Ah, it’s a new day, and it’s more perfect than it’s been in a while. The sun is shining. The temperature is moderate with low humidity. Late yesterday, our site was down for a few hours, but now it is working again. Why this happens is beyond me. All I know is our web people quickly respond to resolve it.
My question? Is WordPress unstable? Is our web hosting company Hostinger, a substantial worldwide provider, dangerous? I can’t seem to get a definitive answer to these questions. But, this continues to happen from time to time. If you see we’re down, please check back later, knowing our web people are working to find a permanent solution. We always know when this happens since WordPress sends me a message. Immediately, regardless of where we are and what we’re doing, we report it.
Our site is huge, with well over 3000 posts and 40,000 photos. This may be a contributing factor. One may say, well, Amazon is a thousand times larger than us, and they don’t go down. Well, they are spending millions of dollars a year to maintain their site. We are not. Since we make so little revenue from our site, recently, we added more advertising to offset some of our web-related expenses.
Also, we are in the process of monetizing our YouTube page. We’d hoped we’d never have to do this, but with all these added web expenses, we had no choice. Of course, none of this impacts our readers, other than an occasional click to rid yourself of the necessity of viewing an ad. You aren’t obligated to use our advertisers (but we appreciate it if you do), nor do you have to pay to access our site. This won’t change.
You can access our YouTube videos at this link. It’s easy to sign up if you’d like to become a subscriber. You may enjoy going back and seeing our old videos from all over the world. In the future, we’ll be making a concerted effort to upload more and more videos.
Right now, as I prepare today’s post, Tom is researching flights for our exit on April 9th for the much-needed visa stamps when our current visas expire on April 12th. We have to leave a few days earlier than our visa ends since the car rental facilities at the local airport, Nelspruit/Kruger/Mpumalanga, are closed on the weekends. Thus, we’ll leave before and after a weekend.
As for what we’ve chosen to do when required to leave South Africa, we should have a plan in place by tomorrow, and we’ll share all the details here.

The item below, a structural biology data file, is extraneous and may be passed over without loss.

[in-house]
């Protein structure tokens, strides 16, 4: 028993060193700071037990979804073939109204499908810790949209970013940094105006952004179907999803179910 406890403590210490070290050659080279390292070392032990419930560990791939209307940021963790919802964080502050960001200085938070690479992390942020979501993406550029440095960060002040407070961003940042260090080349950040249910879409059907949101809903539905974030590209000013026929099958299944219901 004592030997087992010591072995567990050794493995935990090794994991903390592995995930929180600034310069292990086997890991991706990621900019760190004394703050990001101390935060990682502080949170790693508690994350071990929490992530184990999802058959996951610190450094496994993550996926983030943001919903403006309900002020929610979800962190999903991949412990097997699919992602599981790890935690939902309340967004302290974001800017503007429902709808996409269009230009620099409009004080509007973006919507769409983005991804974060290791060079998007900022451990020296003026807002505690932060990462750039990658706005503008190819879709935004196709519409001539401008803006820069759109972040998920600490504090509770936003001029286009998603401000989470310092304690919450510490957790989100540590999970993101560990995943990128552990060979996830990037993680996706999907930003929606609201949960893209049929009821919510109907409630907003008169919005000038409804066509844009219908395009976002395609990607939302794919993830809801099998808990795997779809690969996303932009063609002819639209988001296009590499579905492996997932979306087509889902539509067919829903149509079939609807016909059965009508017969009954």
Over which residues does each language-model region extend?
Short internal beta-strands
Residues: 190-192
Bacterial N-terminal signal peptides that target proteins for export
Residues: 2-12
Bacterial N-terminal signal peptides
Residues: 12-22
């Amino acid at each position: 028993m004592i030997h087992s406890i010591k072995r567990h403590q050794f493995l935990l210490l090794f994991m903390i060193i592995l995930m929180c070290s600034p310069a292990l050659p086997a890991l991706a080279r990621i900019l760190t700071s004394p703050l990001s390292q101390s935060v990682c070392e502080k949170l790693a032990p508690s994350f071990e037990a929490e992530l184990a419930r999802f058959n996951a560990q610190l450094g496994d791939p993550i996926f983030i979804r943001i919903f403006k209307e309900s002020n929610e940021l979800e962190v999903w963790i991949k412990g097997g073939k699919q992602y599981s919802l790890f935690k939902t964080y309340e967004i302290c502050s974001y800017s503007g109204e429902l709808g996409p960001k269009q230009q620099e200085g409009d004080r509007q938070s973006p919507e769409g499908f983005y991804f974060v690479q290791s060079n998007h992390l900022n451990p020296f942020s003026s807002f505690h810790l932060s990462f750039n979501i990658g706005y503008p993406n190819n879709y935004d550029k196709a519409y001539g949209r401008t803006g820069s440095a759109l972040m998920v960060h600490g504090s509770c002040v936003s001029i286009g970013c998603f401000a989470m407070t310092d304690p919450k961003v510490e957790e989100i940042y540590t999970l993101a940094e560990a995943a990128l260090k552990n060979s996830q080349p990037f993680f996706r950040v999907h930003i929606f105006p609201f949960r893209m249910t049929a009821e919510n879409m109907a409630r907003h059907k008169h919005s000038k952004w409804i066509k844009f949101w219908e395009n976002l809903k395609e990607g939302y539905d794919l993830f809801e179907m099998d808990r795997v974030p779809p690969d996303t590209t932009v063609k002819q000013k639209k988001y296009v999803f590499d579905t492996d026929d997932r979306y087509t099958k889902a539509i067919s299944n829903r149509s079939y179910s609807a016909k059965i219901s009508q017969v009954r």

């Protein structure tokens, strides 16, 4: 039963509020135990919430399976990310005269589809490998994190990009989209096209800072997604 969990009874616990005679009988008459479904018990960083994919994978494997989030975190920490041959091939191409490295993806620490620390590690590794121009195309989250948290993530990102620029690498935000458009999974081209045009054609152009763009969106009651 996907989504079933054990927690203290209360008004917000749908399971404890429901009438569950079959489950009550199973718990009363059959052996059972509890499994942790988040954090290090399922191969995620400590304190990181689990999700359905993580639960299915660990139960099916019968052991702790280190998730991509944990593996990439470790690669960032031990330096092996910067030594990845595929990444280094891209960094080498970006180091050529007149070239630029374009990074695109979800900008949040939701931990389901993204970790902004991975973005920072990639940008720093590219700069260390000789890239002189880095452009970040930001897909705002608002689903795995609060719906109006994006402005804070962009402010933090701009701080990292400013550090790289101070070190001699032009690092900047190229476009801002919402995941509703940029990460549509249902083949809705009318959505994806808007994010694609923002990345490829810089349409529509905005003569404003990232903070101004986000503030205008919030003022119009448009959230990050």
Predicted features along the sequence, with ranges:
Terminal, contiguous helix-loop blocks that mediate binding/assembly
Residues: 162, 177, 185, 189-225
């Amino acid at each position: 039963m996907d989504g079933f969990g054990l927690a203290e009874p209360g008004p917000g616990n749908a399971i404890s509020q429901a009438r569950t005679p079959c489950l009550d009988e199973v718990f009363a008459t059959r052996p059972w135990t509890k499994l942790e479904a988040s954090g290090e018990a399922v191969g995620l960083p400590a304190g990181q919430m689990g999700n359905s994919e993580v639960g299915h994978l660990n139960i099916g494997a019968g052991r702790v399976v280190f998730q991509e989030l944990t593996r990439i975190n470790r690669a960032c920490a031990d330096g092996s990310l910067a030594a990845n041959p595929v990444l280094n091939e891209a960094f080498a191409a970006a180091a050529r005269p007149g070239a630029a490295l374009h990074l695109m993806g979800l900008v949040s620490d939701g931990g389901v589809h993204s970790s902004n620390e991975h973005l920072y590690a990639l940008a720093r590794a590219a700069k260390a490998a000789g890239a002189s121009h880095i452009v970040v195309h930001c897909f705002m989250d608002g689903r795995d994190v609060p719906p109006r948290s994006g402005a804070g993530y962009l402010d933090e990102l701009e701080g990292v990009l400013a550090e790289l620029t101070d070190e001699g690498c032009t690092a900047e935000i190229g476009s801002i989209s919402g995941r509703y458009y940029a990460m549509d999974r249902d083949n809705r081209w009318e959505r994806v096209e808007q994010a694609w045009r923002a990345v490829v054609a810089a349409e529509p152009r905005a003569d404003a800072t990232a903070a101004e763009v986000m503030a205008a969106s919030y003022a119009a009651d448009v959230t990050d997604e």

The sun has become hidden behind white fluffy clouds as we’ve sat here over the past hour. We’ve been watching the weather and the condition of dirt roads to embark on a drive through Marloth Park and eventually to Kruger National Park. It may rain after all.
There are no public restrooms in the park other than resorts, camps, and restaurants. The outdoor restaurant at Lower Sabie, the Mugg & Bean, has been closed for the past few months. When traveling to Kruger, it’s a suitable spot to stop for a bathroom break and brunch. Spending several hours in the garden without a bathroom break can be a challenging premise.
Plus, it’s enjoyable to be on a self-drive in this massive national park and be able to stop at a restaurant overlooking the Sabie River, often rife with wildlife, a view to be savored while dining. Photo ops are abundant in this area. Soon, we’ll go on a day’s outing as the dirt roads dry up more and more, not only here in Marloth Park but also in Kruger.
Today, we’ll spend the bulk of the day booking plans for April 9th, firming up all the details. A vital aspect of booking any travel plan at this point is to become well aware of Covid-19 requirements and restrictions. Upon arriving in another country, no traveler would want to discover that a 14-day quarantine was required. This would be a fiasco.
Otherwise, all is well. We’re cheerful, although zeroed in on booking the upcoming travels, and will feel a great sense of relief once we’ve completed booking every aspect of this upcoming trip.
Enjoy your day!
Photo from one year ago today, March 2, 2020:
|The bulky gaur, a rare type of buffalo, is found in India. For more photos, please click here.|